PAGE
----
UPDATED: Thanks to reader Zach for sending in some pictures of a found Mobile Lab, at a junkyard in Los Angeles. So the thing still exists. Now, this junkyard has recently closed but it is my understanding the the value of the vehicles/props located there was not lost on collectors and/or the owner.
If you’re not impressed by powerful trucks, then you’re not a Manly Man. Fact. Jim Cameron is, he even drove a truck for a living before becoming a film maker. Also, no coincidence that he has three truck action sequences in two Terminator movies. Real men dig BHP, in all its forms. It goes without saying then that one of the Manliest trucks to ever appear on screen was the ‘Universal Soldier Truck’. Nah, scratch that, it is the Manliest truck to ever appear on film. If there was a Manlier rig than this, I’d like to see it.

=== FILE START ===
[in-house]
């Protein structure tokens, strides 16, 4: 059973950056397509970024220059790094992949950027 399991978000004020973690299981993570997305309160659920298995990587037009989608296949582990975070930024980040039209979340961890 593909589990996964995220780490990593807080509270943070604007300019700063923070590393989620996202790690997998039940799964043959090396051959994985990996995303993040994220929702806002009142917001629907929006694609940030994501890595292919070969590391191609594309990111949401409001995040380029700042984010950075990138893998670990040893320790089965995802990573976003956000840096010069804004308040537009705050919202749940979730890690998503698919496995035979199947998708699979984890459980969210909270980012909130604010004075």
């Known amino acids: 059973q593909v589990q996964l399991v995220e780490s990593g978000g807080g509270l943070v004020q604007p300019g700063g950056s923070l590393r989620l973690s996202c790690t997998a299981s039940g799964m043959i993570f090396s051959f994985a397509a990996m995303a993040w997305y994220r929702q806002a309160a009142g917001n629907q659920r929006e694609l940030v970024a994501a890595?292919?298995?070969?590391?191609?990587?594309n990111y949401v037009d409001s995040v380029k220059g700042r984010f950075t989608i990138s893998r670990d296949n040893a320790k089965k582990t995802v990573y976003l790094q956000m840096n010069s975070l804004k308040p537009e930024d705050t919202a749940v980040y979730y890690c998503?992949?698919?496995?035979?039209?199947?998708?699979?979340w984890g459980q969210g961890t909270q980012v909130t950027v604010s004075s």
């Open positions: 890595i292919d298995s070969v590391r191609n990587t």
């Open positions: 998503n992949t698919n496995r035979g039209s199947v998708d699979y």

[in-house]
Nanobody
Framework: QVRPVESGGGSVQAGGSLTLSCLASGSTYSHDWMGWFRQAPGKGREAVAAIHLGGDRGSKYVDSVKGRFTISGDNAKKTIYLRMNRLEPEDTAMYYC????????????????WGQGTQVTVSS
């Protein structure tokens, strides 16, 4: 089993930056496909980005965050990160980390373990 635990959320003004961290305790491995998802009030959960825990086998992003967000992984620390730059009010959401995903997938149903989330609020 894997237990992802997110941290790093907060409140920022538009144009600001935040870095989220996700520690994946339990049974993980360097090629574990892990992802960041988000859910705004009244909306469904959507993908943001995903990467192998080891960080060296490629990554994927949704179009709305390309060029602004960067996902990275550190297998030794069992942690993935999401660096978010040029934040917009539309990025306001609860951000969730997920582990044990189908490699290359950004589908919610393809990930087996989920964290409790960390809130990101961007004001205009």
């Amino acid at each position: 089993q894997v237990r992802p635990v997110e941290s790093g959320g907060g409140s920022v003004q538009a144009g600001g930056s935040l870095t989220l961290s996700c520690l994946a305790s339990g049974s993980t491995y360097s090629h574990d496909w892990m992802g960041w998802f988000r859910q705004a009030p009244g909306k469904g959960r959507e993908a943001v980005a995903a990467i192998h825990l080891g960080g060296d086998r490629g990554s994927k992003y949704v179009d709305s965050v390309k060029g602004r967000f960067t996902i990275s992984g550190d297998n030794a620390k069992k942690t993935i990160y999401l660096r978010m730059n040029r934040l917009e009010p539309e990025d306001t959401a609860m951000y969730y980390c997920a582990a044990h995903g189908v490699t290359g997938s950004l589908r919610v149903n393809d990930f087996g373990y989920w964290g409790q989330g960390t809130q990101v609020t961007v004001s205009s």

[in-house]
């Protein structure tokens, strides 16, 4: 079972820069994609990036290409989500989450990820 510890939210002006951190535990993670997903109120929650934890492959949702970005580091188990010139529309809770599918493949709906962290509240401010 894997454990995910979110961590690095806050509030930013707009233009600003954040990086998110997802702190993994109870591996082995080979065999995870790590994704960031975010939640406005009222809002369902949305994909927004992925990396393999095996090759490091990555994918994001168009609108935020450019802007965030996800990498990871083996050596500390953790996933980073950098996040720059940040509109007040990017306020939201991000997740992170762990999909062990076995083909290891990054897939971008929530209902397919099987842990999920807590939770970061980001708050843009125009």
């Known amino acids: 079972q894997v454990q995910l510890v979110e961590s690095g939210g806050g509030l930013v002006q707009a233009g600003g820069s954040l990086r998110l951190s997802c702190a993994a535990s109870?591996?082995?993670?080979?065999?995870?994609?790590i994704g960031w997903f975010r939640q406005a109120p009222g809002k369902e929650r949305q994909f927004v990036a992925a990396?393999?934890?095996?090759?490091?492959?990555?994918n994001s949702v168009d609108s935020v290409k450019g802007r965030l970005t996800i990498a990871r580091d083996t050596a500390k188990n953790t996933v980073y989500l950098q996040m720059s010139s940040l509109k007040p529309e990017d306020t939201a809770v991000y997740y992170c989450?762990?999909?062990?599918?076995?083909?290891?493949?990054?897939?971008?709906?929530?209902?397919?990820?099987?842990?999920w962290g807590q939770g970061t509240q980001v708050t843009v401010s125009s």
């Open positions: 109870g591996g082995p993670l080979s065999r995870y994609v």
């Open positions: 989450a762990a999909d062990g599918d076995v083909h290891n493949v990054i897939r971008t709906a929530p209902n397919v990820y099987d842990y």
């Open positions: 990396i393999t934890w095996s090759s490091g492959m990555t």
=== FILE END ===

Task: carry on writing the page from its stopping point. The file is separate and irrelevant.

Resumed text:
The truck started life as a Kenworth K100, which incidentally is the same truck used by the T-1000 in the Terminator 2 canal chase. As is usually the case in movies, more than one truck was actually used in the movie. The stunt model and the hero model and the 1:10 model for the canyon destruction/ramming sequence. The full sized/real ‘stunt model’ was used for the daily grind of shooting an chases. The hero model was used for static shots that showed the armored laboratory section/trailer expand outwards, for when the truck was used as a mobile command post for UniSols in the field.
Both the hero and stunt trucks were constructed from a steel 2 inch cubic tubed skeleton. Futuristic and military typed sculpts were then created from foam and when the final outline was settled on, they were filled in with fibre glass builds. The hero trailer would expand outwards at a length of 12 feet at each side to give the impression that a mobile lab/command post could actually fit inside. Interior lab shots however were filmed elsewhere. Some dummy weight may have been added to the stunt trailer to give the impression of a real load.